There’s nothing more liberating than the truth. And currently, India’s truth is that when a minority community practises their religion, particularly in the time of Covid, it is seen as malicious.
Muslims were labeled jihadis and super spreaders at the beginning of the coronavirus pandemic in India last year in March when over 3,000 of them, including foreign nationals who had visas and permission by the government of India to attend the Tablighi Jamaat, congregated at the Markaz in Delhi’s Nizamuddin.
Another example is that of the Sikhs hoisting the ‘Nishan Saheb’ flag at the Red Fort on 26 January this year as part of the farmers’ protests. Though this act by a select group of protesters was illegal, they were immediately branded as ‘Khalistani terrorists’ for wanting to divide India so that they could carve out their own country for the Sikhs.
Then there are Christians who have been attacked and called “rice bags” for allegedly forcing poor Hindus and tribals to adopt Christianity through their missionary work. According to Persecution Relief, an organisation that aims to protect the right to worship guaranteed by the Constitution, crimes against Christians rose by 40.87 per cent during the lockdown.
And now during the second wave of the pandemic, when the cases are rising faster than inflation, we are witnessing the Maha Kumbh in its full glory after 11 years.
The Maha Kumbh, covid’s maha opportunity
The Maha Kumbh was last held in 2010. And if in case you are awfully optimistic, it might be seen as a great break from the gloom and doom that the world is facing since the past one year — to have a congregation where lakhs of devotees will throng in good faith. But then if you happen to be pragmatic, you will also see one lakh forty-five thousand three hundred and eighty- four red flags because those are the highest single-day Covid cases that have been reported on Friday. And the numbers don’t seem to be going down anytime soon. We are in the vortex of the second wave.
But it isn’t just about the numbers. It is about the stark bias that is being seen in reporting in media as well as government approvals for such religious gatherings vis-à-vis the minorities. On Friday, a huge gathering of people at the Banke Bihari Temple in Mathura, where absolutely no Covid guidelines were followed, was allowed by the authorities. While the CMO of Mathura district insisted to ANI that all temples and dharamshalas were told to follow covid protocols, videos emerging from the temple tell a rather different story.
#Mathura | We have issued guidelines to all temple managment committees, dharamshalas, hotels to ensure people follow COVID19 protocols. We've deputed teams for collection of test samples and sanitisation at temples. There are 500 active cases in the district: Rachna Gupta, CMO pic.twitter.com/IPXQrcKB7K
— ANI UP (@ANINewsUP) April 9, 2021
Media persons, who had cried hoarse during the Tablighi Jamaat fiasco, appear to have lost their voices now. It seems as if only Muslims can spread the coronavirus and any other religious congregation is Covid-free despite glaring lapses in protocol.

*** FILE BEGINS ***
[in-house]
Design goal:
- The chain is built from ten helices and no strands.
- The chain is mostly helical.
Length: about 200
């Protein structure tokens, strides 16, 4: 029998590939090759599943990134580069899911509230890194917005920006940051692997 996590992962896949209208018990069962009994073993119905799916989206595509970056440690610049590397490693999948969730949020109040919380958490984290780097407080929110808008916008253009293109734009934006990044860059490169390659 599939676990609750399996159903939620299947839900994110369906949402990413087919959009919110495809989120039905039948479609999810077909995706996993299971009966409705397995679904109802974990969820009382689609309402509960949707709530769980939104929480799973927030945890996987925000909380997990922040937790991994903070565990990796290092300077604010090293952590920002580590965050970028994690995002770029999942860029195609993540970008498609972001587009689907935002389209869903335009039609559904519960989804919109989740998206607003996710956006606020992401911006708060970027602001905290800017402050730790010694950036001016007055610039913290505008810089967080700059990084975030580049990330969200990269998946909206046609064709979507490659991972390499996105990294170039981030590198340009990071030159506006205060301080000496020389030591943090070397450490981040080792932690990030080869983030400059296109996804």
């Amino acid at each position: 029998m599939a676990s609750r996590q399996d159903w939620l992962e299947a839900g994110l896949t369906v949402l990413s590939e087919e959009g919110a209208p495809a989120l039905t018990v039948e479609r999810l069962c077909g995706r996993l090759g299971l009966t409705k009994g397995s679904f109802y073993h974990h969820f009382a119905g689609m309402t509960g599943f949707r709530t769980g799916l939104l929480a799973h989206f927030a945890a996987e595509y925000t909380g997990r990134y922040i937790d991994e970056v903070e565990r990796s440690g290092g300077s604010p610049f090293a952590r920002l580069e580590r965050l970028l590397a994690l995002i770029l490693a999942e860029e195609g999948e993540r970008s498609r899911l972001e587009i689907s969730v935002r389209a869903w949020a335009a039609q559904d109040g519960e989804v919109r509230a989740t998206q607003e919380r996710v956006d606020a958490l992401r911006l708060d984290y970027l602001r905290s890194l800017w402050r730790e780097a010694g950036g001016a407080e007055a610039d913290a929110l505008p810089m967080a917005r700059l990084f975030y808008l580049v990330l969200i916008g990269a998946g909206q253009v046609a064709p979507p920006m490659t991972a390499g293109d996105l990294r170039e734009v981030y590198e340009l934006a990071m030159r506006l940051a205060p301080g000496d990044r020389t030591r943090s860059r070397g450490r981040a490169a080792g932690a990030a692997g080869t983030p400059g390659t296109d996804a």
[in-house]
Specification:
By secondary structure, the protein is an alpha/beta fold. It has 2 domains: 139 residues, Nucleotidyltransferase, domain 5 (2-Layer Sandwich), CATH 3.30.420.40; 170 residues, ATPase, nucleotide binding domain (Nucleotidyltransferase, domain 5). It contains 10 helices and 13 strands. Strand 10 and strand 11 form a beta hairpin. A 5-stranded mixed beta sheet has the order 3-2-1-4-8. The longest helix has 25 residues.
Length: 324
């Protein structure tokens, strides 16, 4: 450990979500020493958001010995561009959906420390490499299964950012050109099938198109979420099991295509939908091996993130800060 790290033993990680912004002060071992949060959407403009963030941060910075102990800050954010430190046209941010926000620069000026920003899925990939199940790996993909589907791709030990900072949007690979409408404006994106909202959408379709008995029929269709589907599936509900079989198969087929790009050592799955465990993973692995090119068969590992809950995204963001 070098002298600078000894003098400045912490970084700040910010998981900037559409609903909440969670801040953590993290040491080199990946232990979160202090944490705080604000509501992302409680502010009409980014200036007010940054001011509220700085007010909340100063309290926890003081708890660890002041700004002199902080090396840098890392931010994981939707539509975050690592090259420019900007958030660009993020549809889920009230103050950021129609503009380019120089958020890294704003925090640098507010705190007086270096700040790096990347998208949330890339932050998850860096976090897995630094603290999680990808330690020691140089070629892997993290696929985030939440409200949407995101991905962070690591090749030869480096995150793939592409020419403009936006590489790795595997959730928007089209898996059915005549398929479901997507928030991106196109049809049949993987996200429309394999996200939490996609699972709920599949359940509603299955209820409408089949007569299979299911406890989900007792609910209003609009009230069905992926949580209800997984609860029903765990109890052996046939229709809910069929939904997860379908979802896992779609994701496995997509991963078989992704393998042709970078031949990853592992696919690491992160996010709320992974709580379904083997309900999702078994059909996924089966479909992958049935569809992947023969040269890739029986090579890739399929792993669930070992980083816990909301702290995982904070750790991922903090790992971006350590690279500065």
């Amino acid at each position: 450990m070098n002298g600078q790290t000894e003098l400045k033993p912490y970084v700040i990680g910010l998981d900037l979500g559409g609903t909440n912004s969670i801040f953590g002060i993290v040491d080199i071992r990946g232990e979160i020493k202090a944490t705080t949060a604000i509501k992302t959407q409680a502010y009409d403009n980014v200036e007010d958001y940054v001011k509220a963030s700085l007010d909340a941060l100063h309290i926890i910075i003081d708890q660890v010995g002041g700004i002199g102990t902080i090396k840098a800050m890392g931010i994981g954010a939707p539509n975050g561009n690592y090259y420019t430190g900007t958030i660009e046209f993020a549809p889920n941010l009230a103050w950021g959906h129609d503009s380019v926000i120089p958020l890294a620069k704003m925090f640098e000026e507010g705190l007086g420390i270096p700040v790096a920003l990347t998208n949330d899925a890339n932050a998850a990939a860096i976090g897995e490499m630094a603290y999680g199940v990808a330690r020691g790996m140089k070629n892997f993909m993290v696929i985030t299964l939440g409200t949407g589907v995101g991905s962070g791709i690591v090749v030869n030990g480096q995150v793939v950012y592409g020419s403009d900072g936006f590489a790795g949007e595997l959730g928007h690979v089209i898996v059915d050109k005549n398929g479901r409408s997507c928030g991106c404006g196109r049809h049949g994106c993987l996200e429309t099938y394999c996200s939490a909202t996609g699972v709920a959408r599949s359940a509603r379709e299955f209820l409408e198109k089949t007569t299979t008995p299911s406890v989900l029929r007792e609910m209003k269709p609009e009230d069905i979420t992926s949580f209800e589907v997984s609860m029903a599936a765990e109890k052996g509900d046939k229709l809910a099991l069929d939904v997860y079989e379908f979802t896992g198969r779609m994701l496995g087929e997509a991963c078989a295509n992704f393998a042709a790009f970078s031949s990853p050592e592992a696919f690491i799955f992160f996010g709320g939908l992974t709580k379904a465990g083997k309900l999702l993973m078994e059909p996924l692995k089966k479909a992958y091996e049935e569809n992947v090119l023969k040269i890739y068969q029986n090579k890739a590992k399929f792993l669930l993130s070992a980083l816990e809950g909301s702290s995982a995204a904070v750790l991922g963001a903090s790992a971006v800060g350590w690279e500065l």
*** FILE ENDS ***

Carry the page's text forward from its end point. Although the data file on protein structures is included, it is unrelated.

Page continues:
Truth be told, it isn’t the observance of any religious practice that’s problematic. People know this is a pandemic and the dangers it poses. In spite of that, if they choose to break Covid protocol, it shows their insensitivity. The real problem lies in the selective punitive measures meted out to those who belong to the majority versus those from minority communities. While the Tablighi Jamat members were slapped with cases under the IPC, the Epidemic Diseases Act, the Disaster Management Act and even the NSA — at a time when India knew little about the imported virus, and all religious places functioned normally — now, after 1.7 lakh deaths, similar religious gatherings by other communities appear immune to any State action.
Covid in mosques, faith in temples
The problem also lies in the unapologetic and unabashed differential treatment that is normalised by the media. Reporting of a mosque spilling with people is very different from reporting of a temple spilling with people. While both are wrong, one is shown as a matter of faith while the other as terrorism. This isn’t new but we must keep calling it out till we can.
The bigoted idea that Muslims seem to do no good is openly shown on our TV screens. Muslim aspirants of UPSC are being called jihadis trying to enter the bureaucracy and wage a ‘holy war. There has been no legal action against such peddlers of bigotry. When a French school teacher Samuel Paty was murdered by a man for showing his students the cartoon of Prophet Muhammad, most Muslims unequivocally condemned the barbaric act but also showed their displeasure with the offensive caricature. I too expressed my displeasure with the cartoons. But we ended up being called extremists for doing so. This in a country where a movie like ‘Padmavati’ can cause people to go up in arms for portraying a queen, who some treat as goddess. Amusingly, those vilifying Muslims for being intolerant over the cartoons (which they said was freedom of expression) were offended by M.F. Husain’s paintings of Hindu deities clothed in “nothing but the sky”. Hussain was sent death threats over these artworks and had to go into exile because of it.
There’s indeed nothing more liberating than the truth. And the truth is that India has the fangs of communalism deeply dug into it. It should liberate those who still question whether communalism is a small town parochial minded phenomena that shouldn’t matter much. It is now a pan-India urban phenomena that is changing the soul of our country.
The author is a political observer and writer. Views are personal.
Edited by Anurag Chaubey